Telomerase gene mutation immortalizes deadly skin cancer

Published on January 28, 2013 at 12:51 AM · No Comments

About ten percent of all cases of malignant melanoma are familial cases. The genome of affected families tells scientists a lot about how the disease develops. Prof. Dr. Rajiv Kumar of the German Cancer Research Center (Deutsches Krebsforschungszentrum, DKFZ) together with Prof. Dr. Dirk Schadendorf from Essen University Hospital studied a family where 14 family members were affected by malignant melanoma.

The scientists analyzed the genomes of family members and found an identical mutation in the gene for telomerase, an enzyme often called 'immortality enzyme', in all persons studied. Telomerase protects the ends of chromosomes from being lost in the process of cell division and, thus, prevents that the cell ages and dies. The inherited gene mutation leads to the formation of a binding site for protein factors in the controlling region of the telomerase gene, causing it to become overactive. As a result, mutated cells overproduce telomerase and hence become virtually immortal.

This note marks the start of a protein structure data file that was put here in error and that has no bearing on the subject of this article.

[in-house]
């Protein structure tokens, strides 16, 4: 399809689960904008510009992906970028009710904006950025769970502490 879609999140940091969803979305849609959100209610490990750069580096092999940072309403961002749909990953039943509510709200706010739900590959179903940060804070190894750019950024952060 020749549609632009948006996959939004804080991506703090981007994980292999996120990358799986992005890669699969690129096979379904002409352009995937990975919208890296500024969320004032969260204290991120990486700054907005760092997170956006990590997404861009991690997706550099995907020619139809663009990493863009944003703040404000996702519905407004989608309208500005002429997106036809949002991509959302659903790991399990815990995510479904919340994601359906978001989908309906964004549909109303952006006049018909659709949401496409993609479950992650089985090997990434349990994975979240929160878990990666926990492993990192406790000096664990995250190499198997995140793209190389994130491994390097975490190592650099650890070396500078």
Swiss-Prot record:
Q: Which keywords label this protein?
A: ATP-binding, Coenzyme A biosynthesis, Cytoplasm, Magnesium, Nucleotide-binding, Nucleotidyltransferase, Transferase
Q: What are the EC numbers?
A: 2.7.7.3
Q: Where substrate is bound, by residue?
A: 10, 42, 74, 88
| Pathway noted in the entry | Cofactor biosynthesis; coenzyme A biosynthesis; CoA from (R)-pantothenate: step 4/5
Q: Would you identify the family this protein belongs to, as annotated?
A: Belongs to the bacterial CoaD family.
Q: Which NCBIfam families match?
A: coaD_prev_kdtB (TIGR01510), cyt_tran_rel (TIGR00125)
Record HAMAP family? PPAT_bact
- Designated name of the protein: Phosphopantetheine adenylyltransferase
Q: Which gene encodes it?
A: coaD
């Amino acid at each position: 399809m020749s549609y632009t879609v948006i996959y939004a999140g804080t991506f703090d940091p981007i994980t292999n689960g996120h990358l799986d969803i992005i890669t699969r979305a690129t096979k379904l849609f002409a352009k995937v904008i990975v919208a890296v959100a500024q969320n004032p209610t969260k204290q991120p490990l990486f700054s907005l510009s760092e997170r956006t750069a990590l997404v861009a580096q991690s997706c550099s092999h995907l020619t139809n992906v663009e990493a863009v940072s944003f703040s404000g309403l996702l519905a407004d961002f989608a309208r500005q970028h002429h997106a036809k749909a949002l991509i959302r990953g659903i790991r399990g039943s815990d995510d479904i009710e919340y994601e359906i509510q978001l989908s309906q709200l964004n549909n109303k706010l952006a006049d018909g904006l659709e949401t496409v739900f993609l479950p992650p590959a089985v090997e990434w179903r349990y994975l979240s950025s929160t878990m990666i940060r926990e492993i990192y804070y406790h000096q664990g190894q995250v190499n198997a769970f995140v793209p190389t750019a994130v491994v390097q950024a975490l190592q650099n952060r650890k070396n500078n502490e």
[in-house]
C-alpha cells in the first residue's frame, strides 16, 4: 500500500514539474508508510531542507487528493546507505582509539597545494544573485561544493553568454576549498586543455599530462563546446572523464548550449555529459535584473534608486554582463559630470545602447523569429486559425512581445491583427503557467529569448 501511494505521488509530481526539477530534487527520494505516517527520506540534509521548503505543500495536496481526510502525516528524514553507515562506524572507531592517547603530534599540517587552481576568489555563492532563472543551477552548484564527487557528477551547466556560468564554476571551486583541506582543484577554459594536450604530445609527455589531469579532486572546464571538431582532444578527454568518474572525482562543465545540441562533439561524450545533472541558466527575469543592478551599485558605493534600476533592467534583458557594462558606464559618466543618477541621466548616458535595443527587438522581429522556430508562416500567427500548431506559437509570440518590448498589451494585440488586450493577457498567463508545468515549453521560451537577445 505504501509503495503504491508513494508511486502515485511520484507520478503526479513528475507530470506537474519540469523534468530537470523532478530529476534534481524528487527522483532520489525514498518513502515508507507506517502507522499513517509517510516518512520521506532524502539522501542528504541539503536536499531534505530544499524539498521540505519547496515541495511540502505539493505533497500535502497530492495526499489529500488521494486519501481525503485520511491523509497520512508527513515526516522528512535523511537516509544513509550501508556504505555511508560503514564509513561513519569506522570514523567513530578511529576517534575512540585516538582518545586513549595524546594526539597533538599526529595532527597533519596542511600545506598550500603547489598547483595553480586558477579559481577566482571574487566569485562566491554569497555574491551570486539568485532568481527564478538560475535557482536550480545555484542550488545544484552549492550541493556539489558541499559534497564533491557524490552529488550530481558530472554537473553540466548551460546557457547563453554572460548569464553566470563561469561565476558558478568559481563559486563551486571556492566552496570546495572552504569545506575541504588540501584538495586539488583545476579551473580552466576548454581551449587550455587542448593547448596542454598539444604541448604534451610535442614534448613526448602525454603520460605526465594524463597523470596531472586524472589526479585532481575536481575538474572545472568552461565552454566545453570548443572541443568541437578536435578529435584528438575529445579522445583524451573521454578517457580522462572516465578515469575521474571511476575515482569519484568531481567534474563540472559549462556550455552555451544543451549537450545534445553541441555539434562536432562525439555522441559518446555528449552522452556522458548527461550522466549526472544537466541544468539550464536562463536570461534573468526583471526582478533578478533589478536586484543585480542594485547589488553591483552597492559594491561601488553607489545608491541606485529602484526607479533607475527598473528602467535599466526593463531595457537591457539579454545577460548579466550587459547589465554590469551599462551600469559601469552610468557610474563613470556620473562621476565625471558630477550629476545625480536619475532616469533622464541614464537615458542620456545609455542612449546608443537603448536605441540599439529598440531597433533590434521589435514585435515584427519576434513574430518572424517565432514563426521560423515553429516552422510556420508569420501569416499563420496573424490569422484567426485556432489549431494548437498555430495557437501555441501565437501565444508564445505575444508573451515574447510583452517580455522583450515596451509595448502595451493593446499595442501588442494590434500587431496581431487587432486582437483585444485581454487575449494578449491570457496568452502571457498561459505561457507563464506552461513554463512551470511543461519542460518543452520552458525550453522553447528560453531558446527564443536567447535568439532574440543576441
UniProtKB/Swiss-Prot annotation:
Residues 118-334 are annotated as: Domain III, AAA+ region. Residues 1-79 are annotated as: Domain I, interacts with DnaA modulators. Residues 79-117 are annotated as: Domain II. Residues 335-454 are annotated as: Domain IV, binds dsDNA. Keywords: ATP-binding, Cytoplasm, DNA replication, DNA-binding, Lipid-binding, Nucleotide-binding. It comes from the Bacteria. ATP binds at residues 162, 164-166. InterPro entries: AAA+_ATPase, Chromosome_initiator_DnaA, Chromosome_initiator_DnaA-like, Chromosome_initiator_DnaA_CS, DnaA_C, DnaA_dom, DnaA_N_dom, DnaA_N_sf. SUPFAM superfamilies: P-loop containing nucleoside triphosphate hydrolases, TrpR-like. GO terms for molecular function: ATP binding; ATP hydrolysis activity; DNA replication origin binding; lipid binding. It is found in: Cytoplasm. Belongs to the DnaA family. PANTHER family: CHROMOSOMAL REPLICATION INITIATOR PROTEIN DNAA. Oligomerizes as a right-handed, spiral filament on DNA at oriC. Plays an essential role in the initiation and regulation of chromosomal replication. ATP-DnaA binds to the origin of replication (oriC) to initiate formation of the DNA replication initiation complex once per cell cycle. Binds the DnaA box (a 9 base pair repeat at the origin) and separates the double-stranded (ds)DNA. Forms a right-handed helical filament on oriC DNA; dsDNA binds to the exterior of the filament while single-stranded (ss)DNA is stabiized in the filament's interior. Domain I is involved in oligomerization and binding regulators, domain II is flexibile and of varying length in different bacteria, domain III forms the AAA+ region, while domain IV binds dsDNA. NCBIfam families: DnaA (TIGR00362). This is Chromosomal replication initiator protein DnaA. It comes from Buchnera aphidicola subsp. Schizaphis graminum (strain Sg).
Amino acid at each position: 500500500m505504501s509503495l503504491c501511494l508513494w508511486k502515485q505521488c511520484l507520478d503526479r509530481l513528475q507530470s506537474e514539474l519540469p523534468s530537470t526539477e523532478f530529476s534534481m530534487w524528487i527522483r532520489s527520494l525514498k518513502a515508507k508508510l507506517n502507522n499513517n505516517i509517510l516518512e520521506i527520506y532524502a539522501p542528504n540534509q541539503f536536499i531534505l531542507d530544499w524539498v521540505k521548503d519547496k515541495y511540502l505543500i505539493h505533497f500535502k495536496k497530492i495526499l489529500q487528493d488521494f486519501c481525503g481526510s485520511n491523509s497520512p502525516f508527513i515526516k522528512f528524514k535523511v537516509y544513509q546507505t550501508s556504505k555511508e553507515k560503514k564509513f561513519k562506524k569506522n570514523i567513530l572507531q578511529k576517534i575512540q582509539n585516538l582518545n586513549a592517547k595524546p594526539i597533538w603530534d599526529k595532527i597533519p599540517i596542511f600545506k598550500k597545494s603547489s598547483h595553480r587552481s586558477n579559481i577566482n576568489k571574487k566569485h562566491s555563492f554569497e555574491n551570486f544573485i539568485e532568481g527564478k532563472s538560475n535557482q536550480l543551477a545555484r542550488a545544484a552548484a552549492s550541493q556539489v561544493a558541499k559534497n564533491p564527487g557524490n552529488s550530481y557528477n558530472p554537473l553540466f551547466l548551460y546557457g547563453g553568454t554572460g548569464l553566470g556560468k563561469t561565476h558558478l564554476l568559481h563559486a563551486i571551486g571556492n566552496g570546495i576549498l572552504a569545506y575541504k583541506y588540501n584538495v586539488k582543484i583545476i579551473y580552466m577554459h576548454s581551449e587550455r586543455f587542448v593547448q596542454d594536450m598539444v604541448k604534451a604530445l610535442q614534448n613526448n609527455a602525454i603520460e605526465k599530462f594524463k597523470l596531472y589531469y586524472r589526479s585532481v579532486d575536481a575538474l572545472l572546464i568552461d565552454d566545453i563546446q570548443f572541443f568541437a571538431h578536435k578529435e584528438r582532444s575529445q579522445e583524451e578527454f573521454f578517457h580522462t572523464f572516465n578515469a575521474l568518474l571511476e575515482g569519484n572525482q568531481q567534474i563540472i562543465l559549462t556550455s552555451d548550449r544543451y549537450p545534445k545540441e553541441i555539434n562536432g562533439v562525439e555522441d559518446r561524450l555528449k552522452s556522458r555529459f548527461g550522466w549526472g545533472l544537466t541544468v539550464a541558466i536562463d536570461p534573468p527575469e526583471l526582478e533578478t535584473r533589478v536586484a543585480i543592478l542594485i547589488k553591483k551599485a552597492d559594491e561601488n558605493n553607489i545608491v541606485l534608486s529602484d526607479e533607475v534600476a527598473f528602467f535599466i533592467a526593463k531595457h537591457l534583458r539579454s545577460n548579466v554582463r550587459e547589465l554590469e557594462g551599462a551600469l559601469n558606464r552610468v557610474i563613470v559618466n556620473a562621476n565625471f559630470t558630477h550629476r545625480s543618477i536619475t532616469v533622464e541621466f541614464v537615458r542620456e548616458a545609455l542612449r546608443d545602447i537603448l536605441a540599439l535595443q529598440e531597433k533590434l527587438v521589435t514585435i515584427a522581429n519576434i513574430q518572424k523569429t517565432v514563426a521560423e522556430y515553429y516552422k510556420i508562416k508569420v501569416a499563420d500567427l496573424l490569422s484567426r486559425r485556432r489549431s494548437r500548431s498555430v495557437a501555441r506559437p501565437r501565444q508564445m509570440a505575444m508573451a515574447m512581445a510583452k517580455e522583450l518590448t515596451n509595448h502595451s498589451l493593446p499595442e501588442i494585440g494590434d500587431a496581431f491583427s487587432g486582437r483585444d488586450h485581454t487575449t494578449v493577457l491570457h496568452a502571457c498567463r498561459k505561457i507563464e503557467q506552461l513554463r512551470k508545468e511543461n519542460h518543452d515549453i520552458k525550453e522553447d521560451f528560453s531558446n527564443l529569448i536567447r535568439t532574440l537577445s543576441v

This spectacular finding of the family analysis prompted the scientists to also look for mutated telomerase genes in non-inherited (sporadic) melanoma, which is much more common than the familial variant. In most of the tissue samples of melanomas of all stages they found alterations in the telomerase gene switch, which the researchers clearly identified as typical consequences of sun exposure. Even though these mutations were not identical to those found in the melanoma family, they had the same effect: overactive telomerase.

Read in | English | Español | Français | Deutsch | Português | Italiano | 日本語 | 한국어 | 简体中文 | 繁體中文 | Nederlands | Русский | Svenska | Polski
Comments
The opinions expressed here are the views of the writer and do not necessarily reflect the views and opinions of News-Medical.Net.
Post a new comment
Post